Steampunk Wind Chime

The winds of change have come here in cold Minnesota, and spring is just starting to peek out. Nothing like fresh breezes and spring buds to make you want to throw open your window and enjoy the fresh air. To celebrate, I thought I’d make a wind chime in honor of the new warm winds, but in typically offbeat UT fashion, I thought I’d put a spin on it and make it a little bit steampunk! Yup, this little wind chime is basically a mix of all my favorite things: embroidery supplies, vintage bits and bobs, lace, and gears. Plus it makes a gorgeous wind chime when it’s done!

To make your steampunk wind chime, you’ll need:

  • Embroidery hoop
  • Organza or other sheer fabric
  • Water soluble stabilizer (we’re using Sulky Ultra Solvy)
  • Awesome lace locket and key designs
  • Metallic spray paint
  • Jump rings (small metal jewelry rings)
  • Jewelry pliers
  • Small chains
  • Scissors
  • Metal keys, gears, and other jangly doodads


So, what of these doodads? Well, this is where the fun, customizable part comes in. These small metal objects can really be anything metal you can put on a chain, from found objects to old family trinkets. Keys especially are fun to find at old thrift or antique stores.

To be extra steampunky, you’ll also want some gears, and I’m actually using some scrapbooking gears we tried out before on our steampunk mask. I found them in the scrapbook and stamp section at my local Michaels, along with the keys and the pearls. Truthfully, finding old metal keys and gears is probably cheaper (and more authentic), but if you’re stuck, go raid your local craft store. Just make sure you get good ones! These ones are actually metal and so they make a great noise, but plastic ones won’t be much help on a wind chime.

We’re going to assemble all these pieces into little hanging chains that can clink together delightfully in the wind. Start by grabbing a key and a jump ring (those small metal circles). Use your pliers to bend it open and loop it into the top of the key, along with a length of chain.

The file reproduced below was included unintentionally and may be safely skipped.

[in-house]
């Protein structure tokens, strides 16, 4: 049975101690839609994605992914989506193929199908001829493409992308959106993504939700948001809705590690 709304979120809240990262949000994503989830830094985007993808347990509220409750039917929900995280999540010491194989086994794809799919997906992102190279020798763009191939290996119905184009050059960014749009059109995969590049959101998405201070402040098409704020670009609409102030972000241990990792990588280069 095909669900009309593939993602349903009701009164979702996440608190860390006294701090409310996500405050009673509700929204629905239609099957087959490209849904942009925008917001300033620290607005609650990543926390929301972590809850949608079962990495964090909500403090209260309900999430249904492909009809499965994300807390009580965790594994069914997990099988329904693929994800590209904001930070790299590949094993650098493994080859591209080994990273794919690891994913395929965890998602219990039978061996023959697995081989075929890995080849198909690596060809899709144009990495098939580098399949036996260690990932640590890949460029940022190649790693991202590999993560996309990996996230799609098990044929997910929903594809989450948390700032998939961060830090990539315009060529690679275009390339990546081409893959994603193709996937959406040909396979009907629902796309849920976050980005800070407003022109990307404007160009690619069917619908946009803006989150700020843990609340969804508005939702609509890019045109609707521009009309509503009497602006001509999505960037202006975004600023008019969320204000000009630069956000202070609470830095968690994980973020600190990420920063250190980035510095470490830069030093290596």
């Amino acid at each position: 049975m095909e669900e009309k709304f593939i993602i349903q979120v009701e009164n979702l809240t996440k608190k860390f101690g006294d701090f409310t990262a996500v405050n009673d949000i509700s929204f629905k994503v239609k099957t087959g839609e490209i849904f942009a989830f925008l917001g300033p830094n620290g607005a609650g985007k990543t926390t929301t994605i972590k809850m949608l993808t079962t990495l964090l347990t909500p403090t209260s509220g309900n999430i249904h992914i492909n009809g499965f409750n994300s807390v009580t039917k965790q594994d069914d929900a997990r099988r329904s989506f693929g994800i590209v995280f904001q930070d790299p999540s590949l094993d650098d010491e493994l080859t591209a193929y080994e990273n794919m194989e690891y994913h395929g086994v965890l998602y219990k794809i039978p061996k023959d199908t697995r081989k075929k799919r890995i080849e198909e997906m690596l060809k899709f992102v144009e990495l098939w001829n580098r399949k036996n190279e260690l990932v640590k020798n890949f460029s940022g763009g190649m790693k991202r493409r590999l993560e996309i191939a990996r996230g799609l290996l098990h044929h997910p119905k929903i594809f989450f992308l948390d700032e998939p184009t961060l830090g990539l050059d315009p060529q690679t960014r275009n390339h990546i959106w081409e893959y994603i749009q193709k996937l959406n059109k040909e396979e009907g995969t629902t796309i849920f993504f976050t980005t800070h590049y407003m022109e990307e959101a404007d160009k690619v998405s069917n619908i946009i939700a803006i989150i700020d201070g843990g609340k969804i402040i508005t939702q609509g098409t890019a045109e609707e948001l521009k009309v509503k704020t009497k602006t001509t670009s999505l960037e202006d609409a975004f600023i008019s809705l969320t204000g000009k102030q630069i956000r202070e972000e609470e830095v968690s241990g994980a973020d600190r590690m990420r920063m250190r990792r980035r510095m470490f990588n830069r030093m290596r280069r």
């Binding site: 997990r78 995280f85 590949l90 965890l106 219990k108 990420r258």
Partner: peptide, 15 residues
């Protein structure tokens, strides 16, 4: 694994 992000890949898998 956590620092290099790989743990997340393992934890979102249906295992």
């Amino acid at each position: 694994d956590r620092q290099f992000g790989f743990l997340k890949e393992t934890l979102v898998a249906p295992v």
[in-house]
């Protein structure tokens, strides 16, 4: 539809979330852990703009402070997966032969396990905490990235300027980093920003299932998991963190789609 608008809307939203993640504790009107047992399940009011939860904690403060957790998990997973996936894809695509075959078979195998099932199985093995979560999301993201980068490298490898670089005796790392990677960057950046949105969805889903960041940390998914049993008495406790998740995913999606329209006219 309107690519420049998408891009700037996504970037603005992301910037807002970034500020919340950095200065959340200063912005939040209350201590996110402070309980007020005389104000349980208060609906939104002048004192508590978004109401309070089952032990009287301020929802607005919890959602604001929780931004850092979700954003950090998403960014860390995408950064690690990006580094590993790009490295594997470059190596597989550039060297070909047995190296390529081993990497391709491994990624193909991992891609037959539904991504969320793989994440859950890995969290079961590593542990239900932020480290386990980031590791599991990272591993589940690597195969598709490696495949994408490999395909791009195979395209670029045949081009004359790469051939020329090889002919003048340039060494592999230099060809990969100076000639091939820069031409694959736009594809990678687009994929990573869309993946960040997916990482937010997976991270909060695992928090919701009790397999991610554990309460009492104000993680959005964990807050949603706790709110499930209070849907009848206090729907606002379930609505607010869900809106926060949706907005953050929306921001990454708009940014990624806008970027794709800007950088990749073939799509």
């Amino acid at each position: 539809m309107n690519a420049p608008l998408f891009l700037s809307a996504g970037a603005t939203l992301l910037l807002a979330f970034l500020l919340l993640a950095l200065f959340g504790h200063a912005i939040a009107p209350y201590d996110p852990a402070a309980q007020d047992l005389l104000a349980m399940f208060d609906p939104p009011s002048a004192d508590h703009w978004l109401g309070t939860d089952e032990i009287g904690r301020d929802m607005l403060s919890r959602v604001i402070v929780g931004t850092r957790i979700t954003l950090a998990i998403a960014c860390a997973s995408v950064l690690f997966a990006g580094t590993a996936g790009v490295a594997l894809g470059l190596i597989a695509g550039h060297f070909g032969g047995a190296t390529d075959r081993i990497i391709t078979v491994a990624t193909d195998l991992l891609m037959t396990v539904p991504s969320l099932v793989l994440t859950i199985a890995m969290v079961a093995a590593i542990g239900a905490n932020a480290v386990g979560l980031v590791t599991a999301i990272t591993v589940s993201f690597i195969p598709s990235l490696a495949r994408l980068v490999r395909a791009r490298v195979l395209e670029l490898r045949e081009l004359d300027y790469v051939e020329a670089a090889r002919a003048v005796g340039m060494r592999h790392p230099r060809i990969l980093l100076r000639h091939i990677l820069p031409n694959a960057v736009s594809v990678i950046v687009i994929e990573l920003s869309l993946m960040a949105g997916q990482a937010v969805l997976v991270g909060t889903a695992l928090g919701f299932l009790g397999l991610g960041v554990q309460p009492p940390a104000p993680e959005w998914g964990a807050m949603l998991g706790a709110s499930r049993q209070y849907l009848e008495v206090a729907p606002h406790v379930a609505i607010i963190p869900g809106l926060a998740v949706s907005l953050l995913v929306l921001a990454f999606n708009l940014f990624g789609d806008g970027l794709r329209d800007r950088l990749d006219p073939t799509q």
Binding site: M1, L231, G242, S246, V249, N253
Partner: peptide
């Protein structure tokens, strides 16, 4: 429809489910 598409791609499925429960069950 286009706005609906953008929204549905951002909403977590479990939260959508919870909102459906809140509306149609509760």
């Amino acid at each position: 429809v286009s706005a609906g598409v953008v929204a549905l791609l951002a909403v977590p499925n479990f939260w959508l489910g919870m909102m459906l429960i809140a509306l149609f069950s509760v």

Close your ring up and you have one little piece of your wind chime! The process is essentially that easy. You’ll just use your jump rings to create long metal decorative chains.

Get even more creative by adding gears and such along the length of your chain. Use the jump rings to attach them through their spokes. You can also attach them directly to a pearl or other heavy object at the end of your chain.

Now that we’ve got the idea, let’s take a quick sec to whip up our lace. You can keep creating chains while you wait for your lace to stitch. You’re going to want to stitch your lace in two different ways here...


The first is your big lace locket. You’re going to hoop this with your water soluble stabilizer and some organza on top. Yup, we’re going to stitch the lace directly on the organza! It will be the top of our wind chime.

We’re also going to stitch up a couple of freestanding lace keys. Hoop up more water soluble stabilizer and stitch these as you would any lace. Need a quick reminder on how to stitch lace? Click here.

Once your lace is done stitching, carefully cut away any excess stabilizer and set your lace in some water to soak, according to your stabilizer package directions.


While your stabilizer is soaking, keep merrily making more dangling chains. In general, these can be anywhere from 9 inches to a foot or more long, and note that we’ll lose about an inch on each chain when we attach it. We’re going to want to make around 12 in total, but you’ll want to save 4 chains and accessories for your lace keys, so don’t use up everything!

Once your lace keys are dry, you can add them to the bottom of your chains like the rest of your keys. To let them blow in the wind like all the other keys, give them a gear or other heavy ornament so the lace has a bit of weight. You can easily feed the jump rings through the lace stitches to pretty much decorate it any way you like.